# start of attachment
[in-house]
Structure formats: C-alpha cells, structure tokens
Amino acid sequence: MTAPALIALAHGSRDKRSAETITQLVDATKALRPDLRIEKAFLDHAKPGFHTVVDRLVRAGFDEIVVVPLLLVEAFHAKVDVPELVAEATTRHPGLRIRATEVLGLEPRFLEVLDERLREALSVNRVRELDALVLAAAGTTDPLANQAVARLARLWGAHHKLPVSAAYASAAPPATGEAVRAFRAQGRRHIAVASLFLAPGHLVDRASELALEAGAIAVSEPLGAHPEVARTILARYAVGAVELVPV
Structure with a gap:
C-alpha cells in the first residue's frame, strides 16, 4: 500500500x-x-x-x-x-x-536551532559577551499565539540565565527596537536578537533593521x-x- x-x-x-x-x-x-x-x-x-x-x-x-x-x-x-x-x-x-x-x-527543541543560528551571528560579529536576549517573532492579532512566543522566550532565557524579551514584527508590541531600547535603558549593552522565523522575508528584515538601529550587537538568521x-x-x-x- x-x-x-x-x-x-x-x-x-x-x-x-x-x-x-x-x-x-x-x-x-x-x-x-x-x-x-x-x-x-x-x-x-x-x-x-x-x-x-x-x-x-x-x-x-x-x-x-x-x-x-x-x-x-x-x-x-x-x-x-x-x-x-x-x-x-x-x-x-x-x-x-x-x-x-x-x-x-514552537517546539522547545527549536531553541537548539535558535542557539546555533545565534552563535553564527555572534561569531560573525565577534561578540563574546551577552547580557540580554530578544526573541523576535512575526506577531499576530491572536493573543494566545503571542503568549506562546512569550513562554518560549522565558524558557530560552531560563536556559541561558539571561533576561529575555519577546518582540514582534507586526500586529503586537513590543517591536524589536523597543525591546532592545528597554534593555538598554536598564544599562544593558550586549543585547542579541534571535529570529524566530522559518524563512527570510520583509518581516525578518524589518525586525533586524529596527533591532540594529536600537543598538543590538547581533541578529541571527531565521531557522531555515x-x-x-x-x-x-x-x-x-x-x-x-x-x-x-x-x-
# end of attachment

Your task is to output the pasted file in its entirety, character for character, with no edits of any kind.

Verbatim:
[in-house]
Structure formats: C-alpha cells, structure tokens
Amino acid sequence: MTAPALIALAHGSRDKRSAETITQLVDATKALRPDLRIEKAFLDHAKPGFHTVVDRLVRAGFDEIVVVPLLLVEAFHAKVDVPELVAEATTRHPGLRIRATEVLGLEPRFLEVLDERLREALSVNRVRELDALVLAAAGTTDPLANQAVARLARLWGAHHKLPVSAAYASAAPPATGEAVRAFRAQGRRHIAVASLFLAPGHLVDRASELALEAGAIAVSEPLGAHPEVARTILARYAVGAVELVPV
Structure with a gap:
C-alpha cells in the first residue's frame, strides 16, 4: 500500500x-x-x-x-x-x-536551532559577551499565539540565565527596537536578537533593521x-x- x-x-x-x-x-x-x-x-x-x-x-x-x-x-x-x-x-x-x-x-527543541543560528551571528560579529536576549517573532492579532512566543522566550532565557524579551514584527508590541531600547535603558549593552522565523522575508528584515538601529550587537538568521x-x-x-x- x-x-x-x-x-x-x-x-x-x-x-x-x-x-x-x-x-x-x-x-x-x-x-x-x-x-x-x-x-x-x-x-x-x-x-x-x-x-x-x-x-x-x-x-x-x-x-x-x-x-x-x-x-x-x-x-x-x-x-x-x-x-x-x-x-x-x-x-x-x-x-x-x-x-x-x-x-x-514552537517546539522547545527549536531553541537548539535558535542557539546555533545565534552563535553564527555572534561569531560573525565577534561578540563574546551577552547580557540580554530578544526573541523576535512575526506577531499576530491572536493573543494566545503571542503568549506562546512569550513562554518560549522565558524558557530560552531560563536556559541561558539571561533576561529575555519577546518582540514582534507586526500586529503586537513590543517591536524589536523597543525591546532592545528597554534593555538598554536598564544599562544593558550586549543585547542579541534571535529570529524566530522559518524563512527570510520583509518581516525578518524589518525586525533586524529596527533591532540594529536600537543598538543590538547581533541578529541571527531565521531557522531555515x-x-x-x-x-x-x-x-x-x-x-x-x-x-x-x-x-